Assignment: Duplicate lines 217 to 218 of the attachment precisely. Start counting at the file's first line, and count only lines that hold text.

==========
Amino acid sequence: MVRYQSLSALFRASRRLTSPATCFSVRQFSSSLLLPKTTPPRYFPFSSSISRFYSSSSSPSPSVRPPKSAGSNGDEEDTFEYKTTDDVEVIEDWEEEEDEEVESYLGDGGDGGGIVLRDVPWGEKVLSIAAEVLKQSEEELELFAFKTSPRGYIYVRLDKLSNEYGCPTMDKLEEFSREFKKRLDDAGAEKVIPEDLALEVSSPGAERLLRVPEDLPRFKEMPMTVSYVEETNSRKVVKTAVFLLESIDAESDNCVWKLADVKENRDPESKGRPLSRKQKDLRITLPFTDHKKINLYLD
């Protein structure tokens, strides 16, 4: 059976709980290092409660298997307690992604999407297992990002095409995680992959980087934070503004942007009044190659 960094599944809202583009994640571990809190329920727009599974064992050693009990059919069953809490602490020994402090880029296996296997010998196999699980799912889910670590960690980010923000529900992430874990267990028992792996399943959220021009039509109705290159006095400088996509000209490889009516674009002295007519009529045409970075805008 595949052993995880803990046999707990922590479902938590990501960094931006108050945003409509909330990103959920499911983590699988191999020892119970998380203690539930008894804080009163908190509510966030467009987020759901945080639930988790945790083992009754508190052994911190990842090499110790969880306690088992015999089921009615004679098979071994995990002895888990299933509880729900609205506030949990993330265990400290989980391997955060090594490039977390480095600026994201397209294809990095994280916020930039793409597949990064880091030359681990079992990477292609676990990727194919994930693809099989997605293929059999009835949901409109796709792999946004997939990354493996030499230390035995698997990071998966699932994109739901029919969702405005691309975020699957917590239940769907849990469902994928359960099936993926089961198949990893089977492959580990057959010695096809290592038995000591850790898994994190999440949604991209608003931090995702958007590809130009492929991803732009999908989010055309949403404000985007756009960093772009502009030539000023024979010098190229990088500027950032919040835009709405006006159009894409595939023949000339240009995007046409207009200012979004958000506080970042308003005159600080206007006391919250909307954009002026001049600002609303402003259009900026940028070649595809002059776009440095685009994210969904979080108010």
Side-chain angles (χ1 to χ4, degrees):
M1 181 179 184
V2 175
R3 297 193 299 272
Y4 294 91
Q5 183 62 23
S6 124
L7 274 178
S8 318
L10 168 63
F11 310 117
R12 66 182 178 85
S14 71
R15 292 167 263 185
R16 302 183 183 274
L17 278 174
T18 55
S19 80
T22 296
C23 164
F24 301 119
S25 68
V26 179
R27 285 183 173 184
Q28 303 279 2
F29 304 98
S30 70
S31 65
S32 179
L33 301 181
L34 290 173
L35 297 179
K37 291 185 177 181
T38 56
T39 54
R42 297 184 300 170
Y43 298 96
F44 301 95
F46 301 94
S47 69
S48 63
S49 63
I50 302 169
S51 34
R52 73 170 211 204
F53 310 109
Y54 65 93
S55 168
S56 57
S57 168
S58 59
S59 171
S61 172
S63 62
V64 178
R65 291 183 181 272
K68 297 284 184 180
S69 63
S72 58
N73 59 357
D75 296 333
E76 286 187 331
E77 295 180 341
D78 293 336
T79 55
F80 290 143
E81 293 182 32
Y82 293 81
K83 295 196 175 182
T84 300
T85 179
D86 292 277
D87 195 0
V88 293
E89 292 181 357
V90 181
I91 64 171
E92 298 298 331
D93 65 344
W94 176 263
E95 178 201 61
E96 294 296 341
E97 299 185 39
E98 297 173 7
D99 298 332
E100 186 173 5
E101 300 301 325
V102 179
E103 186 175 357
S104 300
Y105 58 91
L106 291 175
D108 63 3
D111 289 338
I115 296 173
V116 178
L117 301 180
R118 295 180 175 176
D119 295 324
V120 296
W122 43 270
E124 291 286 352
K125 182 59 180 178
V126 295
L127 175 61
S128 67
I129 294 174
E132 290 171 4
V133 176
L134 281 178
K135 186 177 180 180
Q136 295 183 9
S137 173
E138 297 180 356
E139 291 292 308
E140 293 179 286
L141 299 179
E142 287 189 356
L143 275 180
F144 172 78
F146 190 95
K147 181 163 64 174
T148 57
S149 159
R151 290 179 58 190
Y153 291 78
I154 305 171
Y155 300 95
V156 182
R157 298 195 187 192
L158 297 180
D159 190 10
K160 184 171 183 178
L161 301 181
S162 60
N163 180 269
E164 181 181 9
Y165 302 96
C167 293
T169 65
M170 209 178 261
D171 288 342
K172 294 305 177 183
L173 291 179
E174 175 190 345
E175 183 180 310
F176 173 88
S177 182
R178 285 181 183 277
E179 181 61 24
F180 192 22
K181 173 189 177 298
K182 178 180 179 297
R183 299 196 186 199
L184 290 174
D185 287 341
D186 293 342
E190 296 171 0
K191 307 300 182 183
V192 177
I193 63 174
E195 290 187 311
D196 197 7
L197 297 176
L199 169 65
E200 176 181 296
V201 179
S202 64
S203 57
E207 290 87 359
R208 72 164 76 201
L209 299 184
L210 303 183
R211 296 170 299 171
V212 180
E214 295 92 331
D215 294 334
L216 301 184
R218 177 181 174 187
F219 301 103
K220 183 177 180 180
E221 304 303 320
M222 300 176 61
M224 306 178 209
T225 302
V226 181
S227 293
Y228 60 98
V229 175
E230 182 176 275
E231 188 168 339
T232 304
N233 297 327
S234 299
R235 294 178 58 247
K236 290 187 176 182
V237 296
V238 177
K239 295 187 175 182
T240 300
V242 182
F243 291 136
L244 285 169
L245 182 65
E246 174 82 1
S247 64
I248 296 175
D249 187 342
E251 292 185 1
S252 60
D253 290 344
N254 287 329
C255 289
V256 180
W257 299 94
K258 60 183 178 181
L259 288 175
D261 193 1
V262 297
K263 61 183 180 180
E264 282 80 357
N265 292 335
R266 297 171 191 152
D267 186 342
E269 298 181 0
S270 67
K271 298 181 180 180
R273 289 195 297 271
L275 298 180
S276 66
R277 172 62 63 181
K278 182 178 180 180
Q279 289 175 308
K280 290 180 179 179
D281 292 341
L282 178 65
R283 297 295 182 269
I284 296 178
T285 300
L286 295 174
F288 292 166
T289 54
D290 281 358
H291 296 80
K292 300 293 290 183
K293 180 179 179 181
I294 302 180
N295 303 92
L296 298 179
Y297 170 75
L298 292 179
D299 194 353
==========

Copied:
W257 299 94
K258 60 183 178 181